Reblogged: Why Economists Love Uber (And Bernie Should, Too)

7:31:00 AM

Over the summer of 2015, senator and presidential candidate Bernie Sanders said that he had “serious problems” with ridesharing company Uber because it was “unregulated.”

Indeed, Uber is relatively unregulated in comparison to traditional taxi services. Economists Judd Cramer and Alan B. Krueger note, 

In many jurisdictions, taxi drivers are required to obtain an occupational license in order to transport passengers, and drivers are restricted from picking up passengers outside of the jurisdiction that issued their license. In addition, the number of taxi drivers is often limited by the number of medallions that are issued, and fares are often set by regulatory bodies.

In contrast, Uber and companies like it, which use mobile apps to connect drivers and passengers, are largely not bound by these regulations. But, contrary to the concerns of Sen. Sanders, lack of top-down regulation hasn’t undermined the quality of Uber’s services — it has enhanced it.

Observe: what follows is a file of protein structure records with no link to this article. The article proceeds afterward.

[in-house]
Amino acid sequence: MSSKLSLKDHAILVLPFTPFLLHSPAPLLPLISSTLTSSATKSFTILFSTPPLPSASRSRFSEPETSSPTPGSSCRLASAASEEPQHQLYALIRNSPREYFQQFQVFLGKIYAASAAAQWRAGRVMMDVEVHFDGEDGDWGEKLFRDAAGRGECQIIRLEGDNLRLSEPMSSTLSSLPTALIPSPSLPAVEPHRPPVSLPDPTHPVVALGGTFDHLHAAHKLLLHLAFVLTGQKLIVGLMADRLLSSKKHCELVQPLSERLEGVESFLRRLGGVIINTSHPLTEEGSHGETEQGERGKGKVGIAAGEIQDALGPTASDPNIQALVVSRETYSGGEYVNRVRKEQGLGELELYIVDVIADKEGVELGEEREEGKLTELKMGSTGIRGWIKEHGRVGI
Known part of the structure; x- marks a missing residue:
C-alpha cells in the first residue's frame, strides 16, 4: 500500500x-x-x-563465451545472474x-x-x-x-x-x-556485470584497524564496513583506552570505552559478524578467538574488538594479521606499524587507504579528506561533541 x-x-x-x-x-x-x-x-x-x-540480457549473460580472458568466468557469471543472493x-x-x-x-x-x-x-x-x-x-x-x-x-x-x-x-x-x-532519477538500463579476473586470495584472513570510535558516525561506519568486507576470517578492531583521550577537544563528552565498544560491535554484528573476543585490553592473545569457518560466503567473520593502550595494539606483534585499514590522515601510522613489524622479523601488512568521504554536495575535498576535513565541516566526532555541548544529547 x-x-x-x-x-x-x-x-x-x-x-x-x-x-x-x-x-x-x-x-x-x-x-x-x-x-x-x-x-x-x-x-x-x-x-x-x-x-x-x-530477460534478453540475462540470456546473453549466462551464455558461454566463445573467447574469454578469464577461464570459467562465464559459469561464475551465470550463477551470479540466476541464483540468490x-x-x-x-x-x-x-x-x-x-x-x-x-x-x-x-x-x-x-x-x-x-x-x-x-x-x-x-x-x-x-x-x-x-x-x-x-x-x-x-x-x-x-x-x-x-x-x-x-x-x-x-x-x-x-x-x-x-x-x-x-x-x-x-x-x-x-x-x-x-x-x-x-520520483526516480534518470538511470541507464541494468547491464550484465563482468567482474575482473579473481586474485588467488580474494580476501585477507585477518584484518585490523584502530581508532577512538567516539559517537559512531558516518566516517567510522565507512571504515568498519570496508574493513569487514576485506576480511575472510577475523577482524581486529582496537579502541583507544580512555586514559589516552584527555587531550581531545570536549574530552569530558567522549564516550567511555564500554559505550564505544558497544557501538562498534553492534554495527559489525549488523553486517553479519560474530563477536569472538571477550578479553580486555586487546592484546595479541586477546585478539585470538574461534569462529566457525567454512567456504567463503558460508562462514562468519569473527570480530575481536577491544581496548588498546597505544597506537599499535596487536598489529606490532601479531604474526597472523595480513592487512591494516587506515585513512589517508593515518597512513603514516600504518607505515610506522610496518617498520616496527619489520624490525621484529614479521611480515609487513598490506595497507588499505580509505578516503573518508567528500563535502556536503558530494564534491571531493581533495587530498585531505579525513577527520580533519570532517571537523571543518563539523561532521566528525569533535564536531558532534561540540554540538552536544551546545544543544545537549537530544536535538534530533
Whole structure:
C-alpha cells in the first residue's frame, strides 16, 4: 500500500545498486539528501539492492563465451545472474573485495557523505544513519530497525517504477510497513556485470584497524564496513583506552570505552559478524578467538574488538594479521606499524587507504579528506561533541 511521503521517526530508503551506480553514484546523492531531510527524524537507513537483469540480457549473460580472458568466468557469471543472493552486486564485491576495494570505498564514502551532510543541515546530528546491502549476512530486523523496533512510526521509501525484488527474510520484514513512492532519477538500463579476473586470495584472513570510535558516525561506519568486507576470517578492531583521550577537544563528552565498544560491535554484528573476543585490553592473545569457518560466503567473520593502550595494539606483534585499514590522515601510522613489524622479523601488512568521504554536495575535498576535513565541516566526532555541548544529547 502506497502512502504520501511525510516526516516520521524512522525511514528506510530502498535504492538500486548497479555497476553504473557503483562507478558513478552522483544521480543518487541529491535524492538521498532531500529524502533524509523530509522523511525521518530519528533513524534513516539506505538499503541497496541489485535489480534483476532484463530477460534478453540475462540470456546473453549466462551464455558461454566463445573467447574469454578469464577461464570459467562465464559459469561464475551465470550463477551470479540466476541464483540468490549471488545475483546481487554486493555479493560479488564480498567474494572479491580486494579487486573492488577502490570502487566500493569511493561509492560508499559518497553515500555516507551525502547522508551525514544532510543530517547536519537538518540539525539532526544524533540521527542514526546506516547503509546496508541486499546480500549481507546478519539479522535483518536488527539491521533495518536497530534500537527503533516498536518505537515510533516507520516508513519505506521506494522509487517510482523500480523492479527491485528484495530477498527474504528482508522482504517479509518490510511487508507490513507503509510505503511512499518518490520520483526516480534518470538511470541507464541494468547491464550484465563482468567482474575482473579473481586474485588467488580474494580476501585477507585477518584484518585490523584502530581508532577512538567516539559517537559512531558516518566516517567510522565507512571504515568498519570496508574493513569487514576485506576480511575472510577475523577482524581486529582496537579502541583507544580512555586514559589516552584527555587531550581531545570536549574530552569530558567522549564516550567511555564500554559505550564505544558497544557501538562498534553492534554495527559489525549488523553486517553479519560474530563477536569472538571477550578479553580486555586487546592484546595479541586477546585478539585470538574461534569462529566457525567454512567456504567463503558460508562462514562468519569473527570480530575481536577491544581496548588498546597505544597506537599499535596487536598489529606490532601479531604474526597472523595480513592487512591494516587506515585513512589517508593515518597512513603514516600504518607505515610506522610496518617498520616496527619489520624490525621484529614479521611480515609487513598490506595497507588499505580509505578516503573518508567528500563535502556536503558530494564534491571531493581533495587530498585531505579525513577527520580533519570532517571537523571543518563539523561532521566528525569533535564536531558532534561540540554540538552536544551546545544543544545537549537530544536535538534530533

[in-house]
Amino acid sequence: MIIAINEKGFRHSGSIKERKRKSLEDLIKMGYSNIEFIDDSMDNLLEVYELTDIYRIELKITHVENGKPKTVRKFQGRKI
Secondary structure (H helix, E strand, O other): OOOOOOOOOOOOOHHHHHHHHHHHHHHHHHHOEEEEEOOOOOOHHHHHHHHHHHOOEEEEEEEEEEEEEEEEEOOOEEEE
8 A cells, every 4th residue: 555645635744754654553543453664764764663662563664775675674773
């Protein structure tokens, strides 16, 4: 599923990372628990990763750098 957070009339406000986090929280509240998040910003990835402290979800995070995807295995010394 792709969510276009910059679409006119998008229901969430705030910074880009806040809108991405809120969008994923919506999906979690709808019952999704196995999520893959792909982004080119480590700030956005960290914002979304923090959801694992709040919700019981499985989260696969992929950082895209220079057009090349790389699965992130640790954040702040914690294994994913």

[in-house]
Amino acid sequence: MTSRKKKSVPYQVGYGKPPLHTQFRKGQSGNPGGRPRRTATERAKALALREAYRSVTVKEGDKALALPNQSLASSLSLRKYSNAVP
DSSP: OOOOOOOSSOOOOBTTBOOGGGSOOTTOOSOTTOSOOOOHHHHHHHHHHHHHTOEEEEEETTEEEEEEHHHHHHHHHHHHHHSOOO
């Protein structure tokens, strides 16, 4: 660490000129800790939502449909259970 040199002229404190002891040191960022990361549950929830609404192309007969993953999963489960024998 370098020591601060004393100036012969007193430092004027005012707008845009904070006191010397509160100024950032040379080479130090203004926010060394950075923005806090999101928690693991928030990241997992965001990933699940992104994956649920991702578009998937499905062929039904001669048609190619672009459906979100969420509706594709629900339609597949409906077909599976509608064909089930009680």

Rather than having prices fixed by city governments, the app determines the price of a ride on the basis of time and distance traveled. It also incorporates “surge pricing” to help match supply and demand when requests for rides (at the normal rate) outstrip the number of drivers available in the area. Drivers from elsewhere are incentivized to go to the places where demand is highest, bringing things back into equilibrium. Eighty percent of top economists polled by the IGM Economic Experts Panel agreed that this strategy increases consumer welfare by increasing the supply of Uber services rendered and allocating rides first to those who value them most.

In a recent article, Hall et al. (2015) examined how the marketplace reacted to the presence or absence of Uber’s surge pricing. They were able to do this by exploiting the fact that a technical gli...

This article was originally posted at Articles from FEE

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